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Athens Rising

Jane Jacobs’ seminal work, The Death and Life of Great American Cities, just turned 50 a few months back, and while the occasion went unmarked in this column at the time, recent events have gotten me thinking about how her ideas have been carried forward over time, and ultimately corrupted. It’s been a slow progression over the last half-century, as her observational urbanism was adapted into the more codified New Urbanism and Smart Growth approaches, which ultimately have become mere marketing tools. It’s the planning equivalent of “greenwashing,†where questionable sustainability claims are used to sell products that are inherently unsustainable.

While Selig and the gang would have us believe that their shopping center is an extension of downtown, an urban project utilizing New Urbanist thinking to fit in and embrace the city, pointing to a few mixed-use buildings as evidence, this is not the case. Even the Mall of Georgia, quintessentially opposite to the Main Street model of commerce, has a little “downtown†wedged between the parking lots and the big box. “Lifestyle centersâ€â€”a euphemism for this sort of artificial Main Street—had been picking up as a New-Urbanist skin on the American shopping mall. However, it’s the underlying dynamic, more than the architecture, that defines the way a place will actually function. Make no mistake, Selig is building a lifestyle-center shopping mall on the outskirts of downtown.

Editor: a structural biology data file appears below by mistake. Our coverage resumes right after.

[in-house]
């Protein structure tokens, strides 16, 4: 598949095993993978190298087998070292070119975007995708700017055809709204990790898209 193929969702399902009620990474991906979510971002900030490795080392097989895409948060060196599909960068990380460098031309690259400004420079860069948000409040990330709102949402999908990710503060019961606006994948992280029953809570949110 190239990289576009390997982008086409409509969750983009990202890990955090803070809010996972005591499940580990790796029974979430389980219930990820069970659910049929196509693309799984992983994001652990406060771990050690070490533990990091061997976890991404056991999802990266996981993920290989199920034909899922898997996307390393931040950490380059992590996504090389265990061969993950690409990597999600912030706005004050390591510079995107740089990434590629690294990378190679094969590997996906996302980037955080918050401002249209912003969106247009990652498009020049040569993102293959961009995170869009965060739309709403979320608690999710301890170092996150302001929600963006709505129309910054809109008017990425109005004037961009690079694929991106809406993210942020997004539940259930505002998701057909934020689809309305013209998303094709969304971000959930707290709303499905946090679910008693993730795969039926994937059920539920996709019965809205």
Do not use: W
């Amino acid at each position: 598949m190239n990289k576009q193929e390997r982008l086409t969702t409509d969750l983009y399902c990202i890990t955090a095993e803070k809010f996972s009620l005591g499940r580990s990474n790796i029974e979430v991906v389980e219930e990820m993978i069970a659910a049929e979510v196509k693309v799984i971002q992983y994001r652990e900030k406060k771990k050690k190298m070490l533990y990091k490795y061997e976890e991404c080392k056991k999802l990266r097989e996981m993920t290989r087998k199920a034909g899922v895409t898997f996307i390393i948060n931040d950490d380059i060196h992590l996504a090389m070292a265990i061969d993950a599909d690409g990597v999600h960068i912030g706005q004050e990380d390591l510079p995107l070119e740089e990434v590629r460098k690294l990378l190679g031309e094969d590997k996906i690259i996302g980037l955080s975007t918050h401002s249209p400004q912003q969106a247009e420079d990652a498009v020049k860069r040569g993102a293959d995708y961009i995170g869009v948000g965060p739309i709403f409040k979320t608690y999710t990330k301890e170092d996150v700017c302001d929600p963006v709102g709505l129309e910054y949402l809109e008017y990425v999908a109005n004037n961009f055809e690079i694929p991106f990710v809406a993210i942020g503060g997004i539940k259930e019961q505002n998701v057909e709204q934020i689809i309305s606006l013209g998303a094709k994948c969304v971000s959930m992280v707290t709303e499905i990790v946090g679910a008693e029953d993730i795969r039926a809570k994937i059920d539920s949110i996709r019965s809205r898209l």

The kernel that Jacobs and other early documenters of urban life really focused on was the nearly ecological nature of cities, with an orderly chaos of intricate interactions among diverse webs of interlocking factors. While mixed-use buildings are a manifestation and a potential indicator of a dynamic urban neighborhood, they are not equivalent to one, in the same way that simply because one plants oak trees in their yard, they have not actually created a living forest ecosystem.